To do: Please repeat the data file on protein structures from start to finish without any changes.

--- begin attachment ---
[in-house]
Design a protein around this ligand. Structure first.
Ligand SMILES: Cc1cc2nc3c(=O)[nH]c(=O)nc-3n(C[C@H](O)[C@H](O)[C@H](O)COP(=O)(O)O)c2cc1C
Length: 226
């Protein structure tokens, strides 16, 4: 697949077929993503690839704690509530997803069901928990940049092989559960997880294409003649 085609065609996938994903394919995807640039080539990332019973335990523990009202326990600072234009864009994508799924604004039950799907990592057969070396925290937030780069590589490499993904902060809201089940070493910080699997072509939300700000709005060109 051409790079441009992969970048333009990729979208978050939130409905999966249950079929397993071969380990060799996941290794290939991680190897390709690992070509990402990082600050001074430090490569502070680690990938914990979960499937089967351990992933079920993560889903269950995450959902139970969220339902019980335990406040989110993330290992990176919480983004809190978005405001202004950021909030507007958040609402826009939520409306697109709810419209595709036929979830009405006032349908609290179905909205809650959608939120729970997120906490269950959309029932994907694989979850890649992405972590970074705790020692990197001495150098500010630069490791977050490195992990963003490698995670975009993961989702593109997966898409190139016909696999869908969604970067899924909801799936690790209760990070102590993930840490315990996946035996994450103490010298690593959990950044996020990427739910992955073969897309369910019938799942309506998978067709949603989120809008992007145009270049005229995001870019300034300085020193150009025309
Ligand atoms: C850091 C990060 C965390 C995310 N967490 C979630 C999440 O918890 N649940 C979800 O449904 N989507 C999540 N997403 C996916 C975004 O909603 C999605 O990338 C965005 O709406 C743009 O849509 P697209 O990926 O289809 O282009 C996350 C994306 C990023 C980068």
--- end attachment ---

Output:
[in-house]
Design a protein around this ligand. Structure first.
Ligand SMILES: Cc1cc2nc3c(=O)[nH]c(=O)nc-3n(C[C@H](O)[C@H](O)[C@H](O)COP(=O)(O)O)c2cc1C
Length: 226
């Protein structure tokens, strides 16, 4: 697949077929993503690839704690509530997803069901928990940049092989559960997880294409003649 085609065609996938994903394919995807640039080539990332019973335990523990009202326990600072234009864009994508799924604004039950799907990592057969070396925290937030780069590589490499993904902060809201089940070493910080699997072509939300700000709005060109 051409790079441009992969970048333009990729979208978050939130409905999966249950079929397993071969380990060799996941290794290939991680190897390709690992070509990402990082600050001074430090490569502070680690990938914990979960499937089967351990992933079920993560889903269950995450959902139970969220339902019980335990406040989110993330290992990176919480983004809190978005405001202004950021909030507007958040609402826009939520409306697109709810419209595709036929979830009405006032349908609290179905909205809650959608939120729970997120906490269950959309029932994907694989979850890649992405972590970074705790020692990197001495150098500010630069490791977050490195992990963003490698995670975009993961989702593109997966898409190139016909696999869908969604970067899924909801799936690790209760990070102590993930840490315990996946035996994450103490010298690593959990950044996020990427739910992955073969897309369910019938799942309506998978067709949603989120809008992007145009270049005229995001870019300034300085020193150009025309
Ligand atoms: C850091 C990060 C965390 C995310 N967490 C979630 C999440 O918890 N649940 C979800 O449904 N989507 C999540 N997403 C996916 C975004 O909603 C999605 O990338 C965005 O709406 C743009 O849509 P697209 O990926 O289809 O282009 C996350 C994306 C990023 C980068």